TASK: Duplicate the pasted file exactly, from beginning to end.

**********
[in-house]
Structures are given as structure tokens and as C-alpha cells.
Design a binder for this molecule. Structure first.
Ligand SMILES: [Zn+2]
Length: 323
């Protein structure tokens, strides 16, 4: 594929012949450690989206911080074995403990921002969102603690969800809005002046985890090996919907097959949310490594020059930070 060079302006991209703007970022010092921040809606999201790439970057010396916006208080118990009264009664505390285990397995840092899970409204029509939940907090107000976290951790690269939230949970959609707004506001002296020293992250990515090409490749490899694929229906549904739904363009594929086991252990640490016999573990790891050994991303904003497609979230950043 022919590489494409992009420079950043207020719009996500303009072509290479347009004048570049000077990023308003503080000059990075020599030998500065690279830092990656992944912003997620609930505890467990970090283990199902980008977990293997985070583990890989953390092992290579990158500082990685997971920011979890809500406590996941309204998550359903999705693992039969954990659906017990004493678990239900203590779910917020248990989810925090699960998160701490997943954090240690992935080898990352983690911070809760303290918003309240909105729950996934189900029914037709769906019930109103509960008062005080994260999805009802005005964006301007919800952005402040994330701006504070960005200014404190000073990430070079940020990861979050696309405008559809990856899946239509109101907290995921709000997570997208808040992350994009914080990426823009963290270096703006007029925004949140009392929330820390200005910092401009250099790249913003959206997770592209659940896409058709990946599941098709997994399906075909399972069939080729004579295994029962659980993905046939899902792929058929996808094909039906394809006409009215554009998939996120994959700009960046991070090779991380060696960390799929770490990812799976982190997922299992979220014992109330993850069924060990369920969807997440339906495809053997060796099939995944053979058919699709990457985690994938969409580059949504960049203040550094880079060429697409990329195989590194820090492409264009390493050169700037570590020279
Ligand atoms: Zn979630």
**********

[in-house]
Structures are given as structure tokens and as C-alpha cells.
Design a binder for this molecule. Structure first.
Ligand SMILES: [Zn+2]
Length: 323
């Protein structure tokens, strides 16, 4: 594929012949450690989206911080074995403990921002969102603690969800809005002046985890090996919907097959949310490594020059930070 060079302006991209703007970022010092921040809606999201790439970057010396916006208080118990009264009664505390285990397995840092899970409204029509939940907090107000976290951790690269939230949970959609707004506001002296020293992250990515090409490749490899694929229906549904739904363009594929086991252990640490016999573990790891050994991303904003497609979230950043 022919590489494409992009420079950043207020719009996500303009072509290479347009004048570049000077990023308003503080000059990075020599030998500065690279830092990656992944912003997620609930505890467990970090283990199902980008977990293997985070583990890989953390092992290579990158500082990685997971920011979890809500406590996941309204998550359903999705693992039969954990659906017990004493678990239900203590779910917020248990989810925090699960998160701490997943954090240690992935080898990352983690911070809760303290918003309240909105729950996934189900029914037709769906019930109103509960008062005080994260999805009802005005964006301007919800952005402040994330701006504070960005200014404190000073990430070079940020990861979050696309405008559809990856899946239509109101907290995921709000997570997208808040992350994009914080990426823009963290270096703006007029925004949140009392929330820390200005910092401009250099790249913003959206997770592209659940896409058709990946599941098709997994399906075909399972069939080729004579295994029962659980993905046939899902792929058929996808094909039906394809006409009215554009998939996120994959700009960046991070090779991380060696960390799929770490990812799976982190997922299992979220014992109330993850069924060990369920969807997440339906495809053997060796099939995944053979058919699709990457985690994938969409580059949504960049203040550094880079060429697409990329195989590194820090492409264009390493050169700037570590020279
Ligand atoms: Zn979630």